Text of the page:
Signed into law by President Trump on December 20, 2019, the Setting Every Community Up for Retirement (SECURE) Act brings a number of changes for the new year. The passage of the SECURE Act in late December has immediate impact through two very significant changes. As of January 1, 2020, the required minimum distribution (RMD) age for retirement accounts and one big rule regarding inherited IRAs and TSPs have changed.
NEW RMD AGE
RMDs are amounts that must be withdrawn from traditional and Roth TSP accounts and traditional IRAs once a certain age is reached, and for TSP accounts, once you are separated from federal service. In the past, when you reached age 70 ½ and were separated from service, you were required to begin taking RMDs from your TSP accounts. For anyone separated from service and age 70 ½ before January 1, 2020, the old RMD rules still apply.
Anyone who turns 70 ½ and will be separated from federal service on or after January 1, 2020, has a new RMD age: 72. The new RMD age also means that you can now contribute to your TSP or traditional IRA until age 72. See the chart below to determine your RMD age for TSP accounts.
|Traditional or Roth TSP|
|Separated from Service and age 70 ½ before January 1, 2020||RMD at 70 ½|
|Separated from Service and age 70 ½ on or after January 1, 2020||RMD at 72|
It’s important to remember that TSP and IRA rules are not exactly the same. For TSP, you do not have to take RMDs if you are still working for the federal government; however, this is not the case for IRAs. When it comes to traditional IRAs, RMDs must be taken whether you are still working or not. Keep in mind that RMDs still do not apply to Roth IRAs. See the chart below to determine your RMD age for IRAs.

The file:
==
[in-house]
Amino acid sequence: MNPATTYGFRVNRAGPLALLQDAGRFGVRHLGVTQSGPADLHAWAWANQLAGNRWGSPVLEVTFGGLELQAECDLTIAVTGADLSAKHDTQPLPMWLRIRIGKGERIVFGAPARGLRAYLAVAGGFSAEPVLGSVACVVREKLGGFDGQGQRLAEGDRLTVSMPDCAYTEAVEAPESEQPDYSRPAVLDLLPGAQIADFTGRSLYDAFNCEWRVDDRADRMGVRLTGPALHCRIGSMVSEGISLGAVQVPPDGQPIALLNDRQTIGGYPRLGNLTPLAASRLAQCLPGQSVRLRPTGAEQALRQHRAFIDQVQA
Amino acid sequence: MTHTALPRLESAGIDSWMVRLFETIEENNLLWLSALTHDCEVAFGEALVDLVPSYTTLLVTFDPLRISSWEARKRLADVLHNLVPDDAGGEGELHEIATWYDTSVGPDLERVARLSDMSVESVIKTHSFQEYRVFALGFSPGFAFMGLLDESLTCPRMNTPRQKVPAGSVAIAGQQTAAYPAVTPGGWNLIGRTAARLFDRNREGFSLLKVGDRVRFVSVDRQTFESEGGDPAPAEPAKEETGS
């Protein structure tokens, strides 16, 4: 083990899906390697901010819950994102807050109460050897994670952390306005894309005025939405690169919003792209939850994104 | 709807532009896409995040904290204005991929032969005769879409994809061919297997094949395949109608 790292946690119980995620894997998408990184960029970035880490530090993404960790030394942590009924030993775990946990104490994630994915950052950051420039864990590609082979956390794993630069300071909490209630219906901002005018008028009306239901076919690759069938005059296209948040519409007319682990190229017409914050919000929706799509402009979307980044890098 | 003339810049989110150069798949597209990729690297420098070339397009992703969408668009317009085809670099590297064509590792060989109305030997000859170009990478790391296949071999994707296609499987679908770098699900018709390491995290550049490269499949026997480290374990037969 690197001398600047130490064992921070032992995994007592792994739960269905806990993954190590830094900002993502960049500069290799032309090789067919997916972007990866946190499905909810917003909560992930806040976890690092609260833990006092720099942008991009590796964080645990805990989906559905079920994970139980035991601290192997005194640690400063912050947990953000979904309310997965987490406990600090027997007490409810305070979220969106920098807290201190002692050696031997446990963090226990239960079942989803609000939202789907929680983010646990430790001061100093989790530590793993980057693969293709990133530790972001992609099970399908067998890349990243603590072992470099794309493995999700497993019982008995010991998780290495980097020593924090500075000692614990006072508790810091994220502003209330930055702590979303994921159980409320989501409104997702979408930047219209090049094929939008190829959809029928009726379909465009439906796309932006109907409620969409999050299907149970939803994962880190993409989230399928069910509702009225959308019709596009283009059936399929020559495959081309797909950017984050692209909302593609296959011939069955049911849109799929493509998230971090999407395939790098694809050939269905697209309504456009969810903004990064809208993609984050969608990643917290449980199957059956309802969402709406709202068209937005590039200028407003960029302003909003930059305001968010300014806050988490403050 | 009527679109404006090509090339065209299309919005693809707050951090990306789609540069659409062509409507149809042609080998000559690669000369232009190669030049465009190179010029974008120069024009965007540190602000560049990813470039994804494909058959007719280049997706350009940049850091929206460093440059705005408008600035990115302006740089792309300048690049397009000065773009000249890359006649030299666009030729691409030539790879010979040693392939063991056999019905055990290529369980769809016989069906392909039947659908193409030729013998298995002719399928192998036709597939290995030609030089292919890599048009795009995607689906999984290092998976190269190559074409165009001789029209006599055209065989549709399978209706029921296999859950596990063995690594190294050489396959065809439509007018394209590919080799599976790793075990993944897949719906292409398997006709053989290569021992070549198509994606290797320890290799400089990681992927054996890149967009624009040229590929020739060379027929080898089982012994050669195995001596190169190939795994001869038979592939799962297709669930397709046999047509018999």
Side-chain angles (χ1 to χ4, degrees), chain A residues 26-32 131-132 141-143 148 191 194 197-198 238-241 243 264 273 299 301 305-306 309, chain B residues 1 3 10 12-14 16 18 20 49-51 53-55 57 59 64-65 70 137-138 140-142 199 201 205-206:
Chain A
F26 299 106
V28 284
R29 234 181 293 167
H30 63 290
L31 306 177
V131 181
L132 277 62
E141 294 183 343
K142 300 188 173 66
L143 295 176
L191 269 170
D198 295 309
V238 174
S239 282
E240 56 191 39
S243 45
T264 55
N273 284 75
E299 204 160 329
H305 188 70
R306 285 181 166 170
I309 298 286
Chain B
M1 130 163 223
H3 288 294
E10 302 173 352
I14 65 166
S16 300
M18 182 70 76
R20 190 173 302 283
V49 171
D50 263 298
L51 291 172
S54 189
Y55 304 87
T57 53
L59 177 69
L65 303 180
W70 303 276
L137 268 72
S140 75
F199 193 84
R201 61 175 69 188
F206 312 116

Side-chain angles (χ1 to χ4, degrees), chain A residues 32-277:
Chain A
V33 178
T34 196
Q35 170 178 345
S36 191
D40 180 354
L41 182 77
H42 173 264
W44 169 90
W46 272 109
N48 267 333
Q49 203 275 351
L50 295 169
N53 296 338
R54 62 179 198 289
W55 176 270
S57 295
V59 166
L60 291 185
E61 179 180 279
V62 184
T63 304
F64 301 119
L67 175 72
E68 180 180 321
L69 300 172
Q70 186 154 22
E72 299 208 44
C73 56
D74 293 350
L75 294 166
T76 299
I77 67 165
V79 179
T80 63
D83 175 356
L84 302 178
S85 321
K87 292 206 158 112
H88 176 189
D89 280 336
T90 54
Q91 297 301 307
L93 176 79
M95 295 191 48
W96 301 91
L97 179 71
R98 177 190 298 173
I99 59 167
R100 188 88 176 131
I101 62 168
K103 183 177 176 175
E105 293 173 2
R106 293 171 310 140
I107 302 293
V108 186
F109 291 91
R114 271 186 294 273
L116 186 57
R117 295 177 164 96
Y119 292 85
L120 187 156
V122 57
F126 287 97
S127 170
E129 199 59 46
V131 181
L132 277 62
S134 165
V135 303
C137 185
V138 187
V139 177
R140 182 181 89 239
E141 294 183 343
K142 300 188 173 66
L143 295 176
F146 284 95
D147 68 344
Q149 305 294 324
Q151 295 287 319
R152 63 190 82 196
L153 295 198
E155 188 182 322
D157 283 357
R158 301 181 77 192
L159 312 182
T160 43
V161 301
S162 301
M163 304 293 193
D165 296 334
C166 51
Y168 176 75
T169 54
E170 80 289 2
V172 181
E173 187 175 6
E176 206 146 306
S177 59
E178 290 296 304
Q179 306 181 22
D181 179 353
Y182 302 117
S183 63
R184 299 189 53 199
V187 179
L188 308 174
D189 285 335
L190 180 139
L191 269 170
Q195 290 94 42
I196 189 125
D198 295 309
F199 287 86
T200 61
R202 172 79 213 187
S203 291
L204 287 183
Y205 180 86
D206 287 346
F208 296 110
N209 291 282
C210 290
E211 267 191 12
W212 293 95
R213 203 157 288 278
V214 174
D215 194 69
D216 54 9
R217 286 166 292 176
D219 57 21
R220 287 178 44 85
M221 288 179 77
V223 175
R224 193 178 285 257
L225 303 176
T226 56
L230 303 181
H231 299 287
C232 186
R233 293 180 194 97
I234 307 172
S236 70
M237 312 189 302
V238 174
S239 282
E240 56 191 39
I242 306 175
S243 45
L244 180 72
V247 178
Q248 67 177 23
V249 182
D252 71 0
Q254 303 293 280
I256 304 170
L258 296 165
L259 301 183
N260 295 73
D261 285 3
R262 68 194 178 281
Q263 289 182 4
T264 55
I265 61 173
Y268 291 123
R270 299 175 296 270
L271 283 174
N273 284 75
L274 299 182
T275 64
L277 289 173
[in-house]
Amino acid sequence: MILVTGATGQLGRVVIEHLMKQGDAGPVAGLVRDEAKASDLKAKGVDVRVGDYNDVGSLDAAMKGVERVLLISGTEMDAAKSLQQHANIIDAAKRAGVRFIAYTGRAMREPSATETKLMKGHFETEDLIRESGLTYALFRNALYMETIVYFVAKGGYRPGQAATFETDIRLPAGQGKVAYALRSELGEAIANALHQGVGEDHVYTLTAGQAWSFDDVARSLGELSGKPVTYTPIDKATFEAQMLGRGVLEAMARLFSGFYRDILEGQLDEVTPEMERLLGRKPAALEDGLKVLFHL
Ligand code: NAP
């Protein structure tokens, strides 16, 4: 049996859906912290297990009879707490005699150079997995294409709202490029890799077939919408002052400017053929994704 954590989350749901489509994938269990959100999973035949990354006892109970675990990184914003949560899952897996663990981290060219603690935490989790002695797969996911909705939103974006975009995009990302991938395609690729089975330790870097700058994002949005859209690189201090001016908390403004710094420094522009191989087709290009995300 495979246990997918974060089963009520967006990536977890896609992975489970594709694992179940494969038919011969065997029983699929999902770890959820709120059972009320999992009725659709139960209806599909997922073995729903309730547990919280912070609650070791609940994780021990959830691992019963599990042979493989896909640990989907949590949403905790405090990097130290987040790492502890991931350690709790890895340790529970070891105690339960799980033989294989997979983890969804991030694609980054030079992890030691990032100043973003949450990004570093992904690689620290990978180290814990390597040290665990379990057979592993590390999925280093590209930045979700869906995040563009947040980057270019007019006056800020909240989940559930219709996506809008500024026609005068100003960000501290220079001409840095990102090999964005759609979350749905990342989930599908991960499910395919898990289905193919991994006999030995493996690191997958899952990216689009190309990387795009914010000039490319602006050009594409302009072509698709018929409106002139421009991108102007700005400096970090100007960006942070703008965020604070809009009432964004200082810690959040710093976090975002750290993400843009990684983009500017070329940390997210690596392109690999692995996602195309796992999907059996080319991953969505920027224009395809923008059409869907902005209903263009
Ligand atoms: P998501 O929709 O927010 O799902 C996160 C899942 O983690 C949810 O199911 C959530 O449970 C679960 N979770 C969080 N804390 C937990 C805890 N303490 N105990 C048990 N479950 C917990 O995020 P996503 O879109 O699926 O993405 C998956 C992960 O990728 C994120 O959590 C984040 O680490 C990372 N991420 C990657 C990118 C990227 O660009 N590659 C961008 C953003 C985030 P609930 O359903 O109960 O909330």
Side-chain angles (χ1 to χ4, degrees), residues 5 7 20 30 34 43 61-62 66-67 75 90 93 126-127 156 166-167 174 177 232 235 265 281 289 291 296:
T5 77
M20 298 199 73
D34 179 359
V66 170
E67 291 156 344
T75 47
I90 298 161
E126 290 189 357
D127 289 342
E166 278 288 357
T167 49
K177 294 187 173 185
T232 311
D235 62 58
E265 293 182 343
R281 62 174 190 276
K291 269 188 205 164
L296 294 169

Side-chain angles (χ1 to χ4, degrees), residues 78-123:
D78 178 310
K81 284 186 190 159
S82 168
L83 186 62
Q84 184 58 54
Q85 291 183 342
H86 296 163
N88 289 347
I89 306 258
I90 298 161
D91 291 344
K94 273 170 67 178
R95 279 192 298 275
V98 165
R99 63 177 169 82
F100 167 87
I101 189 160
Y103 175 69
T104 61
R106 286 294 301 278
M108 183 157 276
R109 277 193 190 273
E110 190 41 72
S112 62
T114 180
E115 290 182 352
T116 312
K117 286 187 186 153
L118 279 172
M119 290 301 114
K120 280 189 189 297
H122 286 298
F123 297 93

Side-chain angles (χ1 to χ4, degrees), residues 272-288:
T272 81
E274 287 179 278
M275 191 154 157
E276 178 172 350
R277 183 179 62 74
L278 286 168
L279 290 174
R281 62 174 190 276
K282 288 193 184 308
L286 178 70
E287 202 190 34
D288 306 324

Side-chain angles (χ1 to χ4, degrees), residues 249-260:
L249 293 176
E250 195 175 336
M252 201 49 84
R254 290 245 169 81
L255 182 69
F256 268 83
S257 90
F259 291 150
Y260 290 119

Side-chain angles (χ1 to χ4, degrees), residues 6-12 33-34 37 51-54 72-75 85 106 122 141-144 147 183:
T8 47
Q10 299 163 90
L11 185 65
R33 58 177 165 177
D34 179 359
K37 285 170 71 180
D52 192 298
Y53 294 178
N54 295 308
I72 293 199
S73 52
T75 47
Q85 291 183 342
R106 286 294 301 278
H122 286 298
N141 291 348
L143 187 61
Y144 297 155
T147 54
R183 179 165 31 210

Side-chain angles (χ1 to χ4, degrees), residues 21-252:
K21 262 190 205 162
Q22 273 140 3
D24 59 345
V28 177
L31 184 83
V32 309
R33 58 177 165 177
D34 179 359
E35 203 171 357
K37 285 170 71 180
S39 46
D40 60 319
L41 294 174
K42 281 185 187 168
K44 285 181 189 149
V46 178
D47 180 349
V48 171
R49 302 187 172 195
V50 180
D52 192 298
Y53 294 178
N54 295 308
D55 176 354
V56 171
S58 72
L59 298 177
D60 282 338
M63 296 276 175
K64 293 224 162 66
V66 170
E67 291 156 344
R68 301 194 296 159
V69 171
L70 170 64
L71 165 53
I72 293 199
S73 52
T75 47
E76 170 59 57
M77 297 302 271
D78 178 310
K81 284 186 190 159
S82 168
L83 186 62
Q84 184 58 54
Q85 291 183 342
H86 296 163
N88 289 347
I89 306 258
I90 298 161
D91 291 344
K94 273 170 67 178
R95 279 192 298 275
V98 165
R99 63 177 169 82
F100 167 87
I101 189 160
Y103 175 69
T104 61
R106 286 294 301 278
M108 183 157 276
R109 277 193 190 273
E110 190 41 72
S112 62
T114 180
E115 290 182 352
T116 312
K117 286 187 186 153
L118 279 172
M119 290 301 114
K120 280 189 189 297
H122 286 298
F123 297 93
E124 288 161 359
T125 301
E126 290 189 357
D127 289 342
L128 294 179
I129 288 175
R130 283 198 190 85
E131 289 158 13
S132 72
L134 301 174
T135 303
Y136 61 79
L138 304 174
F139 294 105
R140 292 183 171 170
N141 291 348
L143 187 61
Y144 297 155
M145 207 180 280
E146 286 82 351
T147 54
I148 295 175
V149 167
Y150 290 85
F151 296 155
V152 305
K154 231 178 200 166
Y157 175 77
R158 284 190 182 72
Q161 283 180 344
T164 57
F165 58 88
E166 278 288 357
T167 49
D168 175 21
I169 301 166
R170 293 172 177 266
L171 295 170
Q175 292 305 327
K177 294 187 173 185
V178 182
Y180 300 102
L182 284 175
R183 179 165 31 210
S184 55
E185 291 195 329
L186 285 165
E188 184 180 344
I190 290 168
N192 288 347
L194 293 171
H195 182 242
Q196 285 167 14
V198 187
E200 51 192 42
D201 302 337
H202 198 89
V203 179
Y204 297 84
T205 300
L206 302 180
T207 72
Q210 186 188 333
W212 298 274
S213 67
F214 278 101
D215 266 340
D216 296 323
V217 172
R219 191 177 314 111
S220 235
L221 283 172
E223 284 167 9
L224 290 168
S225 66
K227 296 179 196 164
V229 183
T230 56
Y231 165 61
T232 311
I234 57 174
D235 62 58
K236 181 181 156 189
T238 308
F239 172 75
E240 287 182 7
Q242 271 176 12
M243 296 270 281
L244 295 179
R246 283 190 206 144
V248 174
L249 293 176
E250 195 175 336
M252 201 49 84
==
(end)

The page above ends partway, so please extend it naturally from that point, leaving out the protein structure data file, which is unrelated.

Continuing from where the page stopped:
|70 ½ before January 1, 2020||RMD at 70 ½|
|70 ½ on or after January 1, 2020||RMD at 72|
KEY CHANGE TO INHERITED IRAs AND TSPs
The SECURE Act also contains a significant shift regarding inherited IRAs and TSPs. In the past, inherited retirement accounts could be stretched out over the lifetime of the recipient. This strategy, known as the “stretch IRA”, is now limited to certain requirements. With a few exceptions, IRAs inherited on or after January 1, 2020, must now be withdrawn from the account within 10 years of the account owner’s death.
For inherited TSPs, this rule will not yet be implemented. Inherited TSPs will not be subject to the new ten-year distribution for employees who die before Jan 1, 2022. In essence, federal employees have almost two more years until the “stretch” rule is eliminated.
Stretching the IRA is still an option if you inherit the IRA under one of the four exceptions below:
- Surviving spouse
- Disabled or chronically ill individuals
- Individuals who are not more than 10 years younger than the IRA owner
- Child of the IRA owner who is a minor
The changes implemented with the passage of the SECURE Act have significant tax and wealth preservation implications. For a more detailed look at how these changes will affect you, it may be a good idea to speak with your financial professional today.